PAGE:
German business morale rose far more than expected in May, suggesting Europe's largest economy is picking up steam after posting anaemic growth in the first quarter.» Read More
Taxi drivers and hire companies are warning of a worsening shortage of London black cabs that will coincide with the run-up to Christmas, traditionally the busiest time of year for the trade. The FT reports.
Eurozone leaders have given themselves three weeks to finalize an overhaul of Greece’s bailout program, requiring parliamentary backing in creditor countries that are skeptical about reducing Athens’ interest rate burden. The FT reports.
A clear victory by President Obama would boost risk sentiment, this pro says - but not for long.
European equities were lifted by a clutch of strong earnings reports on Tuesday, although volumes were subdued as many preferred to wait for the outcome of the neck-and-neck U.S. Presidential campaign.
When cracks recently appeared in beams of the European Parliament ’s main chamber, forcing its closing, one member, Nigel Farage of the U.K. Independence Party, proclaimed that he would “work for the day that the whole democratic facade of the European Parliament is shut as well,” the New York Times reports.
New measures to ease costs for average Germans come at a time when Chancellor Angela Merkel has been pressing struggling European partners to slash public spending. The changes underscore just how uneven the economic outlook is across the continent. The New York Times reports.
Challenging economic conditions may persist in Britain, especially for the retail sector, but two stocks are set defy the gloom and shine in the seasonal shopping period, analysts say.
Investors should brace themselves for a sharp drop in stocks following a rally that started in June and moved towards a peak following the announcement of a third round of quantitative easing (QE3) in the United States, David Murrin, CEO at Emergent Asset Management said on Tuesday.
The Aussie lifts on interest rate inaction and the euro slips on Greece - it's time for your FX Fix.
Global financial reform efforts are falling behind schedule, regulators have conceded. They are giving the biggest banks extra time to write so-called “living wills” and acknowledge that fewer than one-third of the big financial centers will have Basel III rules in place on time. The FT reports.
The European markets closed lower on Monday as investors remained cautious ahead of Tuesday’s U.S. presidential election. Investors across the globe are nervous as to how the U.S. will contend with an automatic $600 billion in spending cuts and tax hikes at the end of the year — known as the fiscal cliff — after the election.
The dollar gets a safe-haven lift and the Turkey reaches investment grade — it's time for your FX Fix.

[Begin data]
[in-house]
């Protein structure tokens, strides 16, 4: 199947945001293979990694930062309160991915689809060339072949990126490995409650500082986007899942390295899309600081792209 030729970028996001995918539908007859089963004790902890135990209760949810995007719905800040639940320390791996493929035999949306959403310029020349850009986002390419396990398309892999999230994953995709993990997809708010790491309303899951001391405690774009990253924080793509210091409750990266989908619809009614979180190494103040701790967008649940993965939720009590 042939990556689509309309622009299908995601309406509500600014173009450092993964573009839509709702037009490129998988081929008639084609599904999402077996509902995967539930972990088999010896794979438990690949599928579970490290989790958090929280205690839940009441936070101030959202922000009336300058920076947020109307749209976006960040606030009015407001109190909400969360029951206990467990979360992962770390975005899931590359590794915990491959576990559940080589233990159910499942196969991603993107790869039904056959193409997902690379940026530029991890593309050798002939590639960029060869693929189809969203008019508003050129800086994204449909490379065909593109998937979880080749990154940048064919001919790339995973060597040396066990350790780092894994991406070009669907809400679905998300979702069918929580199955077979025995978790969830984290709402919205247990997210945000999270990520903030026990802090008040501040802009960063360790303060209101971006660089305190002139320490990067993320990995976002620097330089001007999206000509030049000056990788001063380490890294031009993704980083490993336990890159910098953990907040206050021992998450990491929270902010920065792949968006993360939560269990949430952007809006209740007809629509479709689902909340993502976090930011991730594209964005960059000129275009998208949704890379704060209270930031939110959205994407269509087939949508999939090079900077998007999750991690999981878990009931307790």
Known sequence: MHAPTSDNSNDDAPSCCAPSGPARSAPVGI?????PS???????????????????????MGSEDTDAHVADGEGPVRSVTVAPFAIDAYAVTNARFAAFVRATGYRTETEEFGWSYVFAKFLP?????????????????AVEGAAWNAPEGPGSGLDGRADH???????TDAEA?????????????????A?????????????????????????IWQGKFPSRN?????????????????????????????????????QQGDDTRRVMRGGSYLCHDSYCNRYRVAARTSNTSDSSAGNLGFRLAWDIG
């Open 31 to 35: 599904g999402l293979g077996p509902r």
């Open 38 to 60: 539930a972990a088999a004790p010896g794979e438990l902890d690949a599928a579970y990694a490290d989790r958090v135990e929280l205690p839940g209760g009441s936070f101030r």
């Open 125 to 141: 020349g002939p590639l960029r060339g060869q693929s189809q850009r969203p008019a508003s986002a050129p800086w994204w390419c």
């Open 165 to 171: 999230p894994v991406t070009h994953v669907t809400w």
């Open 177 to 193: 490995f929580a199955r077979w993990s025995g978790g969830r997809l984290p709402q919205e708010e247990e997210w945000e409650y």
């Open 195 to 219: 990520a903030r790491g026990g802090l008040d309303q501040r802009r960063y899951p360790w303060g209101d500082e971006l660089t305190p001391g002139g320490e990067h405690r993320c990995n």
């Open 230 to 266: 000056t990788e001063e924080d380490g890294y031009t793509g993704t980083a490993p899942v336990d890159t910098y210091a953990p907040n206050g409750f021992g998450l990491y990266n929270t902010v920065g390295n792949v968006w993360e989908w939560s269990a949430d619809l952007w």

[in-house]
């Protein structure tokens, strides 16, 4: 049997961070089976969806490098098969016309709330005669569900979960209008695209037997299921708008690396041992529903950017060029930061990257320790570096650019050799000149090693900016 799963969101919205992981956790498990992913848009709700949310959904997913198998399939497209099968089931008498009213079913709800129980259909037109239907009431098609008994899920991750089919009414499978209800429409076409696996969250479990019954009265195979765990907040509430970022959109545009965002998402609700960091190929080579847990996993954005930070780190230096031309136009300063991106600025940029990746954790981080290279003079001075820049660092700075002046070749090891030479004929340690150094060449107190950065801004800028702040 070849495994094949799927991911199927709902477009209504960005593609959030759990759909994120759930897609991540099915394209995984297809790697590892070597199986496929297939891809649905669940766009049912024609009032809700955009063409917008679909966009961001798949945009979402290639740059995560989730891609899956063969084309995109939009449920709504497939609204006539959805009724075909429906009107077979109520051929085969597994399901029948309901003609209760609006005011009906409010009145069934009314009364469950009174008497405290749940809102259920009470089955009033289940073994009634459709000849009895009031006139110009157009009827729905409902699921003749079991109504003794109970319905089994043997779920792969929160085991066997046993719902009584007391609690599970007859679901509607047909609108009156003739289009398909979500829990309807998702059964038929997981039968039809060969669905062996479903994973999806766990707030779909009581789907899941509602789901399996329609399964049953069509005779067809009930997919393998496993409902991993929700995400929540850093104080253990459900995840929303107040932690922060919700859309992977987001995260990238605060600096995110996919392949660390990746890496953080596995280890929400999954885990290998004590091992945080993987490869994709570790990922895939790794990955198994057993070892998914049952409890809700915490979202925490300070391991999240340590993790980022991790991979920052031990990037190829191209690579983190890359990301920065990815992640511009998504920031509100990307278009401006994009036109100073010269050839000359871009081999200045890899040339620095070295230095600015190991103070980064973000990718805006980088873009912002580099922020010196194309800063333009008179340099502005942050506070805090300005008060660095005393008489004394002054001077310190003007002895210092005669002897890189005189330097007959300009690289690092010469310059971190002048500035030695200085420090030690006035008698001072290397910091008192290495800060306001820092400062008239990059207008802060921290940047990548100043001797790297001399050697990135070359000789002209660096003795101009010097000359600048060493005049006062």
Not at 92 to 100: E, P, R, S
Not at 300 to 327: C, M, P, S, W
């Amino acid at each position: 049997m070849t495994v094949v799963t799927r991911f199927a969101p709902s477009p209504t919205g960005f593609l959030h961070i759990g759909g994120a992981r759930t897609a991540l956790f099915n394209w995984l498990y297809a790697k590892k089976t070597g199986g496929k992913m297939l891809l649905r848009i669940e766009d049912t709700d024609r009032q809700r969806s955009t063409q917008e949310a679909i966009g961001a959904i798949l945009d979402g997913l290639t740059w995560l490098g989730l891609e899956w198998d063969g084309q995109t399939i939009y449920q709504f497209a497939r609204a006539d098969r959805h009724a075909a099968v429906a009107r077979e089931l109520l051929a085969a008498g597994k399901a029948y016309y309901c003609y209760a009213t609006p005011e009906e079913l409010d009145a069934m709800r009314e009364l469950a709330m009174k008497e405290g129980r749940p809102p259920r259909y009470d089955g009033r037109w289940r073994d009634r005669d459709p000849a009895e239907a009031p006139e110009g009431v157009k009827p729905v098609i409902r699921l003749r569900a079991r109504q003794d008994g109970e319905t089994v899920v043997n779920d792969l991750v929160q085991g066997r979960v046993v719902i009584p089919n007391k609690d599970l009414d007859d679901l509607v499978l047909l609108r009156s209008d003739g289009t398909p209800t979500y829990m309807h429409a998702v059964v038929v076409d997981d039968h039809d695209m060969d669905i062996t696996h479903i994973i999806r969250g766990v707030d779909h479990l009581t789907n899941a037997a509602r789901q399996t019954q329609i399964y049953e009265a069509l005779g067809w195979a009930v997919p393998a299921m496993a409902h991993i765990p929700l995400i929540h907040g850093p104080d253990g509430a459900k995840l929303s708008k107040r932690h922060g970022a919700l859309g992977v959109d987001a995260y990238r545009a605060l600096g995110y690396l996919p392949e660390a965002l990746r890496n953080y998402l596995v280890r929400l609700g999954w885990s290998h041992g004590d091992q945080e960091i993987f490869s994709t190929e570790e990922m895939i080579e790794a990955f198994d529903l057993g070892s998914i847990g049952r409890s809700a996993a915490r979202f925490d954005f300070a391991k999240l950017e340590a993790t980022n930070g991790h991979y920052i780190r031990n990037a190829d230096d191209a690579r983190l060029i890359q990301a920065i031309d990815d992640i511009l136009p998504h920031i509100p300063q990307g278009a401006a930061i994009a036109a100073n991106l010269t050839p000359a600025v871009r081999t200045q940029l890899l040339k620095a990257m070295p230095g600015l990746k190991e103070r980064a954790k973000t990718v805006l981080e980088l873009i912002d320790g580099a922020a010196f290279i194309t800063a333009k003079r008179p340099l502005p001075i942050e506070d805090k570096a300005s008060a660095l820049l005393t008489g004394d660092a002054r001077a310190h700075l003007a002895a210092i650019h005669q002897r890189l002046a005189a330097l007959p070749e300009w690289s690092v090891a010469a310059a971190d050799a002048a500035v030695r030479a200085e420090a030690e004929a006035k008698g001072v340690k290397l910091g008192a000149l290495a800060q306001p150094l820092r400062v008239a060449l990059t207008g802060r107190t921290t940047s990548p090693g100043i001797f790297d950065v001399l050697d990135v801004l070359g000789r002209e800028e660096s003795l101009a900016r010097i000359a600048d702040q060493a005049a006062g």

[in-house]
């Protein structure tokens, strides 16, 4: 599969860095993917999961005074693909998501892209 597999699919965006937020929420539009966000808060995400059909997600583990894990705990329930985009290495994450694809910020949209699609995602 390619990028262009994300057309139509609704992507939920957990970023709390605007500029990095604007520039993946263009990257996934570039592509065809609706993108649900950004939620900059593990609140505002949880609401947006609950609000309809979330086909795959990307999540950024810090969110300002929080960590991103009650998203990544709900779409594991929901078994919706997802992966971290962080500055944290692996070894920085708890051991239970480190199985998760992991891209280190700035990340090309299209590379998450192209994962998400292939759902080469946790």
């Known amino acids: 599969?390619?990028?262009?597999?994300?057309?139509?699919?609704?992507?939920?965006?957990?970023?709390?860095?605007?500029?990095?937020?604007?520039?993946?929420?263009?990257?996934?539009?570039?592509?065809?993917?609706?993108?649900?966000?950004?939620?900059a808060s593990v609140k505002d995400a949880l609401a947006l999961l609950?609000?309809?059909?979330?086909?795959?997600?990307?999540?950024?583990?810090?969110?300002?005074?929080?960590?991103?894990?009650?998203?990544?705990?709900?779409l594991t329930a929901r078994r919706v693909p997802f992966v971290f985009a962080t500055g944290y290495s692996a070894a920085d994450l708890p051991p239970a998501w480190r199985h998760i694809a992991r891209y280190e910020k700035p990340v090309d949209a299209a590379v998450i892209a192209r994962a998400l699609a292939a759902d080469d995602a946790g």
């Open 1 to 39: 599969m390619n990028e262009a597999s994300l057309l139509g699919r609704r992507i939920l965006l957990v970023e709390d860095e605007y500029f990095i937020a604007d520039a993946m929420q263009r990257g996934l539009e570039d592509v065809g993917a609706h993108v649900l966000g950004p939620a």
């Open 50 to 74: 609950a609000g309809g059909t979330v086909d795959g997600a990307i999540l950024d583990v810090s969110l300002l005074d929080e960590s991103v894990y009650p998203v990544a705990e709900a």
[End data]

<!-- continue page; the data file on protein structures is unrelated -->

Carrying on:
Wall Street employees, whose paychecks have often been cut in recent years, are likely to get a slight bump in their bonuses this year. The catch: the increase will come on top of one of the worst years for bank pay in recent memory.
With an external trade surplus of nearly 6 percent of GDP (gross domestic product), virtually balanced public sector accounts and stable prices, Germany has plenty of room for a vigorous stimulation of its stagnant domestic demand.
If Spain becomes the next euro zone economy to seek a bailout by international lenders, low-cost airline Ryanair might be one company to benefit, according to its chief executive.
Germany is leading a growing European movement to let newspaper publishers charge internet search engines for displaying links to their articles — a move market-leader Google warns could cause an internet news blackout, the Financial Times reports.
Economic troubles abroad are forcing Wall Street and corporate America to play a game of global arbitrage, in a frantic attempt to eke out profits wherever they can be found.
The U.S. election is - finally - almost upon us, and this strategist has a currency trade.
Today's nonfarm payroll report boosted hopes for the economic recovery in the U.S., but different winds are blowing in Europe.
European shares closed higher on Friday after U.S. non-farms payrolls data showed the economy added 171,000 new jobs in October and unemployment steadied out at 7.9 percent.
China and Brazil face opposite problems and should take tips from each other, according to Capital Economics.
News that the Swedish capital of Stockholm has been hit by three nights of rioting has come as a surprise.
Even as Apple faced a grilling from lawmakers over its tax avoidance schemes, two more companies revealed they would move to lighten their tax burden.
Harry Tchilinguirian, head of commodities market strategy at BNP Paribas, tells CNBC that continued QE by the US Fed, a pickup in the Chinese economy and a continued squeeze on Iranian production will drive oil up.
Louisa Bojesen takes you through the European market close, where stocks have come in lower.
Carlos Caicedo, head of Latin America at Exclusive Analysis, tells CNBC that Brazil has already had one trillion of investment in preparation for the World Cup and Olympics.